President's Unfunded Mandates Criticized; Group Says States Face Huge Bills
The Washington Post
It's a familiar complaint from state officials -the charge that the federal government passes bills that voters love and then passes the buck on paying for them.
The issue, a hardy perennial in the 1990s, came back with a vengeance yesterday as the National Conference of State Legislatures, a bipartisan organization that currently has Republican leadership, assailed the Bush administration and the Republican-controlled Congress for socking the states with at least $29 billion in "unfunded mandates" in the current fiscal year. President Bush's budget for next year will increase the burden to $34 billion, according to the report made public at a news conference beginning the NCSL's winter leadership meeting in Washington.
Accusing the federal government of "cost-shifting," Utah House Speaker Martin R. Stephens (R), president of the NCSL, said "we have seen an increase" in that practice in recent years "and we're concerned this is going to get worse."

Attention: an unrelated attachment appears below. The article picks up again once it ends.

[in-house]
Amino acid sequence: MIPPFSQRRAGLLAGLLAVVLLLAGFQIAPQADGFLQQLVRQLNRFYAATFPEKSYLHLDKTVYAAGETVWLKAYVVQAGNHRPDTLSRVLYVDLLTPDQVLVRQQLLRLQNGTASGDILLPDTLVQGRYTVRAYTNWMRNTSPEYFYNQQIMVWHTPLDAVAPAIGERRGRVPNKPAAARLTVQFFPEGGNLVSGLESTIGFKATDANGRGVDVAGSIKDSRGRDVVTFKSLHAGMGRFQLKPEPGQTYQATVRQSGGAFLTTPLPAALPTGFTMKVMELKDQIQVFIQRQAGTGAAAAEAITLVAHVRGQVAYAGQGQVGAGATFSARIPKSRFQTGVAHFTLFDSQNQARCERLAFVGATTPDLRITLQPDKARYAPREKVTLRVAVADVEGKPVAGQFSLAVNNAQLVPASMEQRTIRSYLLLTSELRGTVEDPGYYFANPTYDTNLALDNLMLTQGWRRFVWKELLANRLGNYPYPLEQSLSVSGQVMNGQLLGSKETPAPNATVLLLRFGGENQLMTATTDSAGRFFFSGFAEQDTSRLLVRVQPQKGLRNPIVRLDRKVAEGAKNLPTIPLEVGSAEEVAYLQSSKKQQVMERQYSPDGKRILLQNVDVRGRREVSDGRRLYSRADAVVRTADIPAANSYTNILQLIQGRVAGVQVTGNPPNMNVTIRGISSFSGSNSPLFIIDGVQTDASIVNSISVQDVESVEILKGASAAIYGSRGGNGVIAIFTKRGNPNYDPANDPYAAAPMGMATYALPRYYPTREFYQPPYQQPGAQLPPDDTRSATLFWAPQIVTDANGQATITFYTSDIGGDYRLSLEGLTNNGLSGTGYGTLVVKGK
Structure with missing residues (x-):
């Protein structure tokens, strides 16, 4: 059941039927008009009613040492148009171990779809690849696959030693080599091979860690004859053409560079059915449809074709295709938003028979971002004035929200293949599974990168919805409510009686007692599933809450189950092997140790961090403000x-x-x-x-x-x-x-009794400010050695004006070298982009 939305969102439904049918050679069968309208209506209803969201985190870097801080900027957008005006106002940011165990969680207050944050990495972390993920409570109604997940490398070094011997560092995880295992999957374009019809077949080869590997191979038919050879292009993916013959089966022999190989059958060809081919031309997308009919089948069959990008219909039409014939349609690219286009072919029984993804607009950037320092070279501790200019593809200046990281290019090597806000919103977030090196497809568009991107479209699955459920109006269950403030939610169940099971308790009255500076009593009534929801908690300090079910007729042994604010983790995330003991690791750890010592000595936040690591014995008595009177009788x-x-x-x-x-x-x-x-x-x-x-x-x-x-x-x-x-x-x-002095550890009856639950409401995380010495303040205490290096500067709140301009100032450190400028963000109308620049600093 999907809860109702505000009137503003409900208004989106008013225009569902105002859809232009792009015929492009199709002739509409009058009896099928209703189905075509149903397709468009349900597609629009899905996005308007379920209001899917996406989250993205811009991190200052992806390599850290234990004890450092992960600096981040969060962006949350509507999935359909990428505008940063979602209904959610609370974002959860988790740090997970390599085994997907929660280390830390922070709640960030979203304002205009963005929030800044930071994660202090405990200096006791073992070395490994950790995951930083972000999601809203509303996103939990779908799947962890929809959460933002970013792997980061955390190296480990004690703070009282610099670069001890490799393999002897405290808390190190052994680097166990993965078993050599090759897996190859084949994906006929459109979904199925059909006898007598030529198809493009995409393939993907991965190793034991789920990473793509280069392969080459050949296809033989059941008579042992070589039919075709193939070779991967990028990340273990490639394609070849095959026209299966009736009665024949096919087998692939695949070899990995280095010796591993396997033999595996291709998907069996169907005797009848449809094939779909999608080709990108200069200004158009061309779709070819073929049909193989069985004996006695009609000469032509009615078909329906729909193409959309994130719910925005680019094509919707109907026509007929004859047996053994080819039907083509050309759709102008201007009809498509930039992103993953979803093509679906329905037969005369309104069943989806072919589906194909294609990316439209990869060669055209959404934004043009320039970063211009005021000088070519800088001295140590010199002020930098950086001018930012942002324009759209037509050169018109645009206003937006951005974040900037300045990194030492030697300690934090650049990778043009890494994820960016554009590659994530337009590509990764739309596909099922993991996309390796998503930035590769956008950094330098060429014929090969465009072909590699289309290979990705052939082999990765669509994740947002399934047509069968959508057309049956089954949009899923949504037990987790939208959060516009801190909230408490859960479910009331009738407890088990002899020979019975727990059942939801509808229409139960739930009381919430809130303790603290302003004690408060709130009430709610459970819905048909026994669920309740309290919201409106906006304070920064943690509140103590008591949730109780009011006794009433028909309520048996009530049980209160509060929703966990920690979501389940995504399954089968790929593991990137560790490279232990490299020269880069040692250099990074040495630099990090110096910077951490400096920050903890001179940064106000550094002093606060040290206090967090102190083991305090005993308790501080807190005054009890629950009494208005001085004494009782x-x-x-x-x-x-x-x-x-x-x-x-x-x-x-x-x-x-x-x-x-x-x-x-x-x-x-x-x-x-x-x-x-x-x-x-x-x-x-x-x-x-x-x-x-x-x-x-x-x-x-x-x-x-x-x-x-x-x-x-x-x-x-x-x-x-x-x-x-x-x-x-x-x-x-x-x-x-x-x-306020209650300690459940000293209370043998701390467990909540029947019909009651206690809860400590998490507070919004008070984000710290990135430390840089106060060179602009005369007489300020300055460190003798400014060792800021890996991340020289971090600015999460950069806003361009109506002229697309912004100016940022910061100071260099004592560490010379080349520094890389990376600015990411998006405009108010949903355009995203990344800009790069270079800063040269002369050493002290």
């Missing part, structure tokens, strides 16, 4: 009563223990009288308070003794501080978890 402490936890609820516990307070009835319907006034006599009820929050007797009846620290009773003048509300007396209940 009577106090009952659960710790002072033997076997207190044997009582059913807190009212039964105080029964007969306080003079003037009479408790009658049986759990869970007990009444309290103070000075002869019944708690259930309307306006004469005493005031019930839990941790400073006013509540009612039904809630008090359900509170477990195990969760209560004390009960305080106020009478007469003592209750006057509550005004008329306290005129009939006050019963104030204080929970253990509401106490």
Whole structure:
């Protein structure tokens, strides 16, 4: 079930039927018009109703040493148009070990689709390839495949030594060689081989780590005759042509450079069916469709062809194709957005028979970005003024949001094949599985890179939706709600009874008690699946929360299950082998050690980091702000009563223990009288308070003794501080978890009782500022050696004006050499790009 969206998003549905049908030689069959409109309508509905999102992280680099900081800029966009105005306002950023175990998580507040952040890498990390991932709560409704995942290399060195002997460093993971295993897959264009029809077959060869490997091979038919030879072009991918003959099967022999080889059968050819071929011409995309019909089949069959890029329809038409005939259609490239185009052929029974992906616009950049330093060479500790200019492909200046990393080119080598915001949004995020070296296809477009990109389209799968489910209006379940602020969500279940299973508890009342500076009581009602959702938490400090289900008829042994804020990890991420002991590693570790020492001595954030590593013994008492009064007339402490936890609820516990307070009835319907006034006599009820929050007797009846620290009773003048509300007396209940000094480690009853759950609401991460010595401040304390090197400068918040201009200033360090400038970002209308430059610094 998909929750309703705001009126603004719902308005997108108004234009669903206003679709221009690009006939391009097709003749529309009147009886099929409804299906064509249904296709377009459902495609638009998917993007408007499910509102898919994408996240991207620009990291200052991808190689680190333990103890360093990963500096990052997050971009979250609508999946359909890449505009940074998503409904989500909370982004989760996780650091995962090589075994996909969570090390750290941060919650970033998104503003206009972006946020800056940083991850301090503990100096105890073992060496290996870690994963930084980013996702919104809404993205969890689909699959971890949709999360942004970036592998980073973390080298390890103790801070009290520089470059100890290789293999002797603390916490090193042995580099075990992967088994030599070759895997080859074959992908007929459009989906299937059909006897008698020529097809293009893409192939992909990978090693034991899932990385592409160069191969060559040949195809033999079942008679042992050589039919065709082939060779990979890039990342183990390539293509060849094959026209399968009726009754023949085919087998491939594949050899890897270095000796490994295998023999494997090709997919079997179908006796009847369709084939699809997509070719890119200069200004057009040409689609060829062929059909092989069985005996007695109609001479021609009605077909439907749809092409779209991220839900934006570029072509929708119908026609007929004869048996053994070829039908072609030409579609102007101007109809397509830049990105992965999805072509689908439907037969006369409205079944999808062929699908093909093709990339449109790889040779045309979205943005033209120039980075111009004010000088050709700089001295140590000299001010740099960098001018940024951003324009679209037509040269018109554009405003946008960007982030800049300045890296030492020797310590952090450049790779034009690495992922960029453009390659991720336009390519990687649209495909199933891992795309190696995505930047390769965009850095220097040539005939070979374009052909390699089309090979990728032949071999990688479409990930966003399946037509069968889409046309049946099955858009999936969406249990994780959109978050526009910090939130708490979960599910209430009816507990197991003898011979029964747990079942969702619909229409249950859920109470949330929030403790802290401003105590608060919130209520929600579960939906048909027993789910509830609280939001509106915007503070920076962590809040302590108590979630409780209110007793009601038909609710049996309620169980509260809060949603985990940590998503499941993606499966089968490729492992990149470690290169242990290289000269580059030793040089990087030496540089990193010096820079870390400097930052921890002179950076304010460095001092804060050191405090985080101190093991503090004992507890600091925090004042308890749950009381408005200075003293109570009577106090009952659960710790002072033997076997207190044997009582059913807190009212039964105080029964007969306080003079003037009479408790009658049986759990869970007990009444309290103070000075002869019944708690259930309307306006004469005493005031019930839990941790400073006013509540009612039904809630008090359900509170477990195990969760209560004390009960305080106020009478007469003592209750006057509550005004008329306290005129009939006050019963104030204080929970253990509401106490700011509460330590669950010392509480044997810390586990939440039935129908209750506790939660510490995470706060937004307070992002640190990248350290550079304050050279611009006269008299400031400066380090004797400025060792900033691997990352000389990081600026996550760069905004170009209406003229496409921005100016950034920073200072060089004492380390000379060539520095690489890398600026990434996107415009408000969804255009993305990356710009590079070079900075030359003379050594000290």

The report fingered two big education programs -- the Individuals With Disabilities Education Act and Bush's landmark No Child Left Behind Act -- as creating a gap of almost $20 billion in state budgets this year. Another major culprit, the NCSL report said, was the mandate for states to provide prescription drugs for people eligible for both Medicare and Medicaid. It put the shortfall on that program at $6 billion.